Aquinas was quite motivated by hot debates, and had many of them with the medieval philosophers and theologians of his day. Aquinas was outspoken and would not back down. This won him both admiration and enemies.
At the end of his life Aquinas was summoned by the Pope to attend the Council of Lyons. It is unclear whether this was to get a good telling off or to be commended for putting down some heretics and enemies of the church. Thomas did not want to go, but started out. The journey to Lyon was to prove his final voyage, as Thomas Aquinas managed to die en route.
In 1273 Thomas had a vision of Christ (it was witnessed by a brother as he prayed in the chapel). After the vision Aquinas wrote no more and did not finish his great work Summa. By the time he died a year later, Aquinas’ spirit was already residing elsewhere, and his body fairly quickly followed.
Thomas Aquinas was made a saint, a Doctor of the Church and a Father of the Catholic Church. Aquinas’ writing on the Doctrine of Creation was adopted by the Catholic Church as it’s own teaching. His writings on theology were taught to men training to be priests until Vatican II in the 1960s.
Thomas Aquinas applied himself to Natural Theology which is to seek knowledge of God and of things through reason. It was Aquinas who defined in detail what could be taken as true and what should be regarded as false in the many areas of theology. In the numerous volumes of The Summa Theologica Aquinas lays out his arguments for the correct understanding of God, the Trinity, angels, human souls, the human condition and creation.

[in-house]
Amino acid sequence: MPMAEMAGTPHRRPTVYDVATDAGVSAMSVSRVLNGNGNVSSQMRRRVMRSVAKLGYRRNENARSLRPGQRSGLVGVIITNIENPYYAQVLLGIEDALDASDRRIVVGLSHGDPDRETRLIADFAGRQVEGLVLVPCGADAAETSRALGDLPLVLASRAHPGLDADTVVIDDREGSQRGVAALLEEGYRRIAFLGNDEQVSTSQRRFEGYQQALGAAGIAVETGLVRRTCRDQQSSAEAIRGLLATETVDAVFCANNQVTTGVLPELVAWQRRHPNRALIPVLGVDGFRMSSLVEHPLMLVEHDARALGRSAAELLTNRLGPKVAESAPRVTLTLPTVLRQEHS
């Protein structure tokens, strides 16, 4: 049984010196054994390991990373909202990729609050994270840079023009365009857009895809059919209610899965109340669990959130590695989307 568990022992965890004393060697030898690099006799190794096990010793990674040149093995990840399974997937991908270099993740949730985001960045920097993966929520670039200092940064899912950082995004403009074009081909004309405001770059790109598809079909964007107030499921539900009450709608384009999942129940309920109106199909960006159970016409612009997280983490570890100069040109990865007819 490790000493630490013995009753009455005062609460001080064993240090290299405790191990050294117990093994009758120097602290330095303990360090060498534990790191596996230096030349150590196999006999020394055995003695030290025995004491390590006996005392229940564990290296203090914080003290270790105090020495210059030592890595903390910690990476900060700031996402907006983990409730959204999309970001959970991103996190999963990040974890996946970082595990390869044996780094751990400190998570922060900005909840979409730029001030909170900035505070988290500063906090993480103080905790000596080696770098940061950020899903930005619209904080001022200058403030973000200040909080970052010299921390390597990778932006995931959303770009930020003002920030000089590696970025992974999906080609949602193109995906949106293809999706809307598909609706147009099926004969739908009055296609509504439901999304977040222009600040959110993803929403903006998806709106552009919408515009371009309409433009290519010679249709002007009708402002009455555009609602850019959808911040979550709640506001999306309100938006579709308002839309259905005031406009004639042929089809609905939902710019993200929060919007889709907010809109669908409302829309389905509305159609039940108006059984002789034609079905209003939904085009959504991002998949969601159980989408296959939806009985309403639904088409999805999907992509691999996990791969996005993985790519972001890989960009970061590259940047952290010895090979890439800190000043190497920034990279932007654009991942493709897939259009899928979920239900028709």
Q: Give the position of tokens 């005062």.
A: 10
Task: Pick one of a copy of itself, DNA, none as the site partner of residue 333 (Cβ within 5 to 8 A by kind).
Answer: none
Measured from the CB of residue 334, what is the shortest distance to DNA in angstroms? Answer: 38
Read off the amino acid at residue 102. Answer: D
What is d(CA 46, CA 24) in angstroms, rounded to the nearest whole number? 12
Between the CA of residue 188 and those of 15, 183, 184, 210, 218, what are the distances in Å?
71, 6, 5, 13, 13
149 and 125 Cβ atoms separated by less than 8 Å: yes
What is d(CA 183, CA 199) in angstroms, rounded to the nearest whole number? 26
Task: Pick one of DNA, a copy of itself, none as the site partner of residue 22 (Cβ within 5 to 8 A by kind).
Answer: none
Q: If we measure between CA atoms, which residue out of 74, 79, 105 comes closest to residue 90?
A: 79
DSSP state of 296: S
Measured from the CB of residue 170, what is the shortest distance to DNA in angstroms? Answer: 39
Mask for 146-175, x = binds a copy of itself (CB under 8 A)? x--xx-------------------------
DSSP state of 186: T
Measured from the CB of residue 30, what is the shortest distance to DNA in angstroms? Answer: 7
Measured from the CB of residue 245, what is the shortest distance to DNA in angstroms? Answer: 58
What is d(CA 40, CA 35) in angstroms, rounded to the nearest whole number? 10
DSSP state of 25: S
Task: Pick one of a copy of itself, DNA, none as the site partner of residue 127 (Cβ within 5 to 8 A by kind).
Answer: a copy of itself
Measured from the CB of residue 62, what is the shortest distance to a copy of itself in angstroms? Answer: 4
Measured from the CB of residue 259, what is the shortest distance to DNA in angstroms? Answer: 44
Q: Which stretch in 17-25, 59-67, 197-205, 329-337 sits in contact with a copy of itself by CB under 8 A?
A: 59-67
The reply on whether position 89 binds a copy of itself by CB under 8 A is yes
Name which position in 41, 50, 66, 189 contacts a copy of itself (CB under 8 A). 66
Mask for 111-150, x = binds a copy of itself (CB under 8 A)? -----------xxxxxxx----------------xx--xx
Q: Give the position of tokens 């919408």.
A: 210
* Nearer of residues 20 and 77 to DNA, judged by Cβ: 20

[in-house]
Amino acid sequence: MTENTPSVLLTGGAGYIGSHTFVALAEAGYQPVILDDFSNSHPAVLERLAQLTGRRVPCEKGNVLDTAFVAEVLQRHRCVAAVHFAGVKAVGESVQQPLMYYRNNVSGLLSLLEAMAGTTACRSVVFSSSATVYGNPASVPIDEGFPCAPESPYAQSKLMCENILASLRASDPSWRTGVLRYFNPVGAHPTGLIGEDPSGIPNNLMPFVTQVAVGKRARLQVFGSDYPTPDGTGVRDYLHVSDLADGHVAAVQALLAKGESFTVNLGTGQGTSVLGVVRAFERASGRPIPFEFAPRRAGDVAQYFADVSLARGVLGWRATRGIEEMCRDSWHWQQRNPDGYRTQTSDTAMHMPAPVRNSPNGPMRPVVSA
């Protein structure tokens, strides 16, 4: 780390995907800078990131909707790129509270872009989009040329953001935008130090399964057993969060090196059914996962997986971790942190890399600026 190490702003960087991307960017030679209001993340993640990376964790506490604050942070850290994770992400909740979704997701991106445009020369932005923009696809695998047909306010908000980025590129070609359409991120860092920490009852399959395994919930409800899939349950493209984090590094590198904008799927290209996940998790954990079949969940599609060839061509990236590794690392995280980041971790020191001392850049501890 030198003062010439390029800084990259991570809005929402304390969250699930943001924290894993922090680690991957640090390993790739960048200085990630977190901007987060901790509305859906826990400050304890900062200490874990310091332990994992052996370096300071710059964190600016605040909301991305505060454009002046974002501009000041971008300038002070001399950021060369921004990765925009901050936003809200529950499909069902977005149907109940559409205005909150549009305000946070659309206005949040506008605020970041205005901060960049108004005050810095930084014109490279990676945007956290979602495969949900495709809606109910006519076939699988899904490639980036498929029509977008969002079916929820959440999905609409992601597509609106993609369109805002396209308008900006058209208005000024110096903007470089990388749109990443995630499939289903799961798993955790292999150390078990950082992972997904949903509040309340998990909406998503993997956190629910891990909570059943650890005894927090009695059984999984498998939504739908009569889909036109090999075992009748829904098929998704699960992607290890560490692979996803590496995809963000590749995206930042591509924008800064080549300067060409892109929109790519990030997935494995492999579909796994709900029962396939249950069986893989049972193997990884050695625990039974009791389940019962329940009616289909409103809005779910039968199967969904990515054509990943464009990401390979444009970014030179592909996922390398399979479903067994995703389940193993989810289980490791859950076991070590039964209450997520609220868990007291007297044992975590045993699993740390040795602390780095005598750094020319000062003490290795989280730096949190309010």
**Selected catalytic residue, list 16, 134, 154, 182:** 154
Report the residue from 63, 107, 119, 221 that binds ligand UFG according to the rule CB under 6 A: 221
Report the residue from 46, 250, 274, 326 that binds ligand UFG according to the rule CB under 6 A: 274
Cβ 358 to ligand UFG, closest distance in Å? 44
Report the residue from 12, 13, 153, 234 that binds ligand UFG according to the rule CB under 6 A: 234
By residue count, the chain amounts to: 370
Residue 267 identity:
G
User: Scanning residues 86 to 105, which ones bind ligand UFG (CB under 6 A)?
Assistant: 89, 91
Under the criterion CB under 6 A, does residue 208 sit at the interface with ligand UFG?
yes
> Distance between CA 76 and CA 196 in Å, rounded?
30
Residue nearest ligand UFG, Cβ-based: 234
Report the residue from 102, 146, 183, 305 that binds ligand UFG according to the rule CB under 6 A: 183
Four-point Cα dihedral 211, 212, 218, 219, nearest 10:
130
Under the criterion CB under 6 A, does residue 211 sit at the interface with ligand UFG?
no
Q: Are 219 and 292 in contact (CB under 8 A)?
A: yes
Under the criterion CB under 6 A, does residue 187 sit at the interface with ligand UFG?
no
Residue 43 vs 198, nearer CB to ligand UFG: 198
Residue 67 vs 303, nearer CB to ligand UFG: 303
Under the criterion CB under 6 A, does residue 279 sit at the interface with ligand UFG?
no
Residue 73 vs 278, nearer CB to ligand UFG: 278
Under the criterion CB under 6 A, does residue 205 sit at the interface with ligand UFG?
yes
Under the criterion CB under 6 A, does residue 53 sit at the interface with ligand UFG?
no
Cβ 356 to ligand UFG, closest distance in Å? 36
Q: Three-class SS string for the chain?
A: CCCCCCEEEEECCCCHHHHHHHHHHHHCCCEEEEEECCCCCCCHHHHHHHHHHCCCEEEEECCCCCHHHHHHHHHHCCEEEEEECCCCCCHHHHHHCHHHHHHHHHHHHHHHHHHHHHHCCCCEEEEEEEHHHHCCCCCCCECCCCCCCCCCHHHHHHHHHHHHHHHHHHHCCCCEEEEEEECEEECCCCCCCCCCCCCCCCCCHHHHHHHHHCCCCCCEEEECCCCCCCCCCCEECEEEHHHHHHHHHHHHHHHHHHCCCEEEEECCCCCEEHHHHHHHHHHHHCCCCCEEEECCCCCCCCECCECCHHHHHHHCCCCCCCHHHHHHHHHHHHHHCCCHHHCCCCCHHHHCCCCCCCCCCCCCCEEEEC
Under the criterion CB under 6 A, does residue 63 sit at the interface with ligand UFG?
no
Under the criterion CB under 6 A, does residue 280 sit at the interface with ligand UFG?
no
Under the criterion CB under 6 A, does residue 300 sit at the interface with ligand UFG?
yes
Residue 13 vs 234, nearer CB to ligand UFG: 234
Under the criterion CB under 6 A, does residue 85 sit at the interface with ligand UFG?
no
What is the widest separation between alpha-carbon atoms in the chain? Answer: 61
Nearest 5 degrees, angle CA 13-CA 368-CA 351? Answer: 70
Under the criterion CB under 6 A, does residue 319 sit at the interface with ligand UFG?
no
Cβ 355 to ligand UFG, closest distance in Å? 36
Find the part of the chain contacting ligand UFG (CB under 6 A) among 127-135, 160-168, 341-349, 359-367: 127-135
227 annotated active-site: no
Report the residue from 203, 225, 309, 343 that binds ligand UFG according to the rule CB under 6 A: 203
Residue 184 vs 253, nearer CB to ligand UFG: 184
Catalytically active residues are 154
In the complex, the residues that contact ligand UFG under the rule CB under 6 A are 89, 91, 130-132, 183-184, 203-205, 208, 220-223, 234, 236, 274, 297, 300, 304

Aquinas is most quoted on his five ways to prove the existence of God, although this is a very small section of Summa. Aquinas’ tour de force was the recognition that God created things from nothing: in Latin creatio ex nihilo. This became the Doctrine of Creation of the Catholic church.
Aquinas debated with Siger of Brabant who was a Latin Averroist disagreeing with him on many points. Brabant proposed that church theology is true and philosophy is true even though they contradict each other – you just keep them separate. Aquinas proclaimed one truth although this one truth could be approached by the two paths. Aquinas stood firm and would not be moved and would not accept contradiction or the double truth.
Aquinas tirelessly fought against heretics. There is an anecdote of Aquinas having been invited to a dinner with King Louis IX of France and his courtiers. He reluctantly went, however, he found the flirtatious courtiers boring so he remained in his own thoughts, not listening to the trivial chit chat. Suddenly he banged his fist on the table and exclaimed “And that will settle the Manichees.” The king quickly summoned a scribe to write down on a tablet the inspiration that Aquinas had just had to prove a point before he forgot it.
In 1267 Thomas Aquinas met William Moerbeke who was busy translating Aristotle directly from the Greek. Up to this point Latin scholars had only known Aristotle from translations of Arabic into Latin. The translations from Arabic presented Aristotle’s thoughts coloured by Islamic philosophy to Latin scholars.
From this point on, Thomas Aquinas based all of his own writings on the translations of Moerbeke of the original Greek texts. In this way he was able to lead Latin theology in a totally new direction: one that would become the basis to Western thought and Western Civilization.